When making things is a matter of survival, and it happens to dovetail with using materials discarded that trash the planet, a strange alchemy can occur if you’re Mariana Nelson and you use your overwhelming state of narcolepsy and love of the environment as the constraints on your creations. We first came across a piece of Mariana’s a few years ago at a friend’s home – she’d picked it up because, best reason to get something, she had to have it. It was a small circular sculpture she refers to as a Plastic Pouf created from discarded material: specifically plastic table cloths, New York Times and LA times newspaper delivery bags and plastic shopping bags. It was startling to see the transformation of garbage into something so beautiful and thought provoking.
Although she began creating art over 20 years ago she has only been showing professionally for the past five. Yet in that time she has been a Facebook Artist in Resident and has had her work acquired by the Gates Foundation. After stalking her on Instagram we decided to contact her and ended up having a lovely video chat one Sunday afternoon. Here are a few things we learned.
She doesn’t have a BFA and in fact didn’t even finish high school. The latter could be attributed to her narcolepsy that had her falling asleep unexpectedly. The art making didn’t start out intentionally but as a way to cope.
”In my 20s I was working in the stock market of all things and was being studied by Doctors at Stanford and missed a lot of appointments so they did a house call. At the time, I was making weird hangings out of found objects and it was a one bedroom apartment and all of the walls were just hanging with weird stuff I found on the street or plastic I braided and it wasn’t anything I considered art but it was what I did when I was too tired to do something normal but not tired enough to sleep. The doctor came over and said oh my gosh what is all this stuff on your walls and it’s just stuff that I do when I can’t sleep and she was the one, she said Look, you’re never going to work 9-5 you have a brain disorder so you need to start selling this so she bought my first piece and that was 20 years ago.”
She initially began working with trash because as a medium she found it freeing.
”I just started picking stuff up off the street because it bothered me –and I had dogs and I’d just walk and pick stuff up. Also the bar is really low. If I actually go buy paints and a canvas, I need to make something that looks good, right? But with garbage, what are you going to do? It’s garbage. Like there’s no bar – for me it makes me feel free, I don’t have to make something awesome because I’m not going to ruin anything. So I’ve always worked with recycled materials.”
The narcolepsy which makes it impossible to have a “traditional” job also lends itself to an obsessiveness that allows her to perfect her craft.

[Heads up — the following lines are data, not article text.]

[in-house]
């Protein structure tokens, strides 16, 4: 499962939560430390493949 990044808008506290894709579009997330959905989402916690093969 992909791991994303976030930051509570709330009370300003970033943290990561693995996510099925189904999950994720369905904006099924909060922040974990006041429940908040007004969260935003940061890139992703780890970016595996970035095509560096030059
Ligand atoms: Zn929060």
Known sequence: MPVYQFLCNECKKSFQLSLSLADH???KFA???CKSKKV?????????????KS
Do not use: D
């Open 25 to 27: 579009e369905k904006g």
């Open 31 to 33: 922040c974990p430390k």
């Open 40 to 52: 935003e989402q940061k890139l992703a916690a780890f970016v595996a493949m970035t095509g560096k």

With the narcolepsy you have these fugue states where I’m too tired to be verbal or do something like days and days of that, so it’s a way of coping, something repetitive and small that I can do in bed. I used to wrap thousands of little balls of thread into a specific pattern which took me 5 years of practice before I could do it and one day I got bored and I had plastic which I braided and braided and then I didn’t like the way the plastic look so I built a little machine to twist the plastic and add some thread to it. I don’t think about the art – it’s a way to manage my time. So each one is the Fibonacci spiral so did thousands of those and then one day I was just over it and I was like I’m just not going to do that anymore. And I’m kind of there with the plastic. I’m looking for something that gives me that really good feeling like ooh this is interesting.
She is always experimenting with materiality
I collected coffee lids from Starbucks: I first started wrapping them in thread and then I started heating them and then I contacted MIT because I didn’t want to do something to create more toxins because you know, with environmental art it can sometimes make things worse. What I learned is those coffee lids are not even recyclable! They’re the same chemical composite as styrofoam but its been reformatted. Everyone knows styrofoam is bad but when we see these coffee lids we have no idea!
Well I figured out a way to heat it really quickly and reduce the amount of fumes –and the amount of cancer I’ll get–(laughs) and then dye them with ink. It’s the only thing that plastic will absorb. After I heat them I have 3 seconds to shape them before they stiffen up, and I just experimented and thought they look like fungus which I love.
I created an installation outside and I was taking pictures and there was a wasp in it which was nice and sad at the same time. The wasp thought it was real, you know? The person who bought it has it out in her yard and it’s held up really well. It’s bad material but it’s great for art!
When she exhausts a technique she moves on to something else.
A library called me recently and was getting rid of all their VCR tapes so I have hundreds of them and I’m just thinking about them until I figure out something to do. I just wait for things to come to me and then work it out. If I have too many options like going to an art store, forget it. I can’t. But if someone gives me something really specific then I can spend a couple of months thinking about it and make something.